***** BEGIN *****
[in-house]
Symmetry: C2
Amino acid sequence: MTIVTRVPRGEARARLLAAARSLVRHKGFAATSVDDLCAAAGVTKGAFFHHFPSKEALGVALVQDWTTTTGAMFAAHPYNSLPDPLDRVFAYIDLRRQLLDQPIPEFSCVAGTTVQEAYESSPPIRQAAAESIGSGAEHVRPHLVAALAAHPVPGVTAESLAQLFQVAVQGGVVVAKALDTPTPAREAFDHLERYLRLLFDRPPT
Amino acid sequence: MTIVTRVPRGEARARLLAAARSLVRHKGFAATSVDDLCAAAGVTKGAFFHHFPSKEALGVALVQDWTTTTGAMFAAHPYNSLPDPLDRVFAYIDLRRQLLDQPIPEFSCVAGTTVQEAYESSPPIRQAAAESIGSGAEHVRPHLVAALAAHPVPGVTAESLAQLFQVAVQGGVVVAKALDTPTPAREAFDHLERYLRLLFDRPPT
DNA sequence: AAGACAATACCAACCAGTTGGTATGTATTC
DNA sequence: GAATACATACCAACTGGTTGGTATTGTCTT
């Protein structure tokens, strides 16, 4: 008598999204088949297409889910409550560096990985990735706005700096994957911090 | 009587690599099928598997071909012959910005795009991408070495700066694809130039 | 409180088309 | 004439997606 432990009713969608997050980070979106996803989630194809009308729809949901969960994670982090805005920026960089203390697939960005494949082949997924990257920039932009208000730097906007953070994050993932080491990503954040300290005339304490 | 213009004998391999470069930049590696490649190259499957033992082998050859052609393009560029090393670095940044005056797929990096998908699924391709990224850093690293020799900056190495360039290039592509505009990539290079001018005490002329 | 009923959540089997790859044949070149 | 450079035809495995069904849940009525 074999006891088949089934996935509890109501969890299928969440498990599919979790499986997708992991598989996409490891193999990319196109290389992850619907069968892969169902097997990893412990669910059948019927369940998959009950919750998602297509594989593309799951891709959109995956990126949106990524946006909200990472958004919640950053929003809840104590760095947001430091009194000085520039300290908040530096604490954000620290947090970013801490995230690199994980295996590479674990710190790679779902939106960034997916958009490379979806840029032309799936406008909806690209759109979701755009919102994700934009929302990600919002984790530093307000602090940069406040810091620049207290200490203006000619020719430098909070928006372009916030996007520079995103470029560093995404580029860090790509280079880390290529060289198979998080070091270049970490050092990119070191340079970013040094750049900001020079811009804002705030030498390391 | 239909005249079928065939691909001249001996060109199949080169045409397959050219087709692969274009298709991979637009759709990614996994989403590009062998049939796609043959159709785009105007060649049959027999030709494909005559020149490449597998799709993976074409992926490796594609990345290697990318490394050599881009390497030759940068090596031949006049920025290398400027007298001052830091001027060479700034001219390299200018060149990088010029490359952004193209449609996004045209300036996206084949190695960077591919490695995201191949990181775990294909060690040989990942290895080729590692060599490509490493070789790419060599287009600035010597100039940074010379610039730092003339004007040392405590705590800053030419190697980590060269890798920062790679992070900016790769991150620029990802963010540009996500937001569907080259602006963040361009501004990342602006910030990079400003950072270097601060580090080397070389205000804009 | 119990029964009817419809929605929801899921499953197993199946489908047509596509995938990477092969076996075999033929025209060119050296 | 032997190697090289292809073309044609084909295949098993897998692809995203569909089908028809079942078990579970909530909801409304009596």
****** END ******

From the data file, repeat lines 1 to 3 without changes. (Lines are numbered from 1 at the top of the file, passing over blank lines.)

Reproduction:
[in-house]
Symmetry: C2
Amino acid sequence: MTIVTRVPRGEARARLLAAARSLVRHKGFAATSVDDLCAAAGVTKGAFFHHFPSKEALGVALVQDWTTTTGAMFAAHPYNSLPDPLDRVFAYIDLRRQLLDQPIPEFSCVAGTTVQEAYESSPPIRQAAAESIGSGAEHVRPHLVAALAAHPVPGVTAESLAQLFQVAVQGGVVVAKALDTPTPAREAFDHLERYLRLLFDRPPT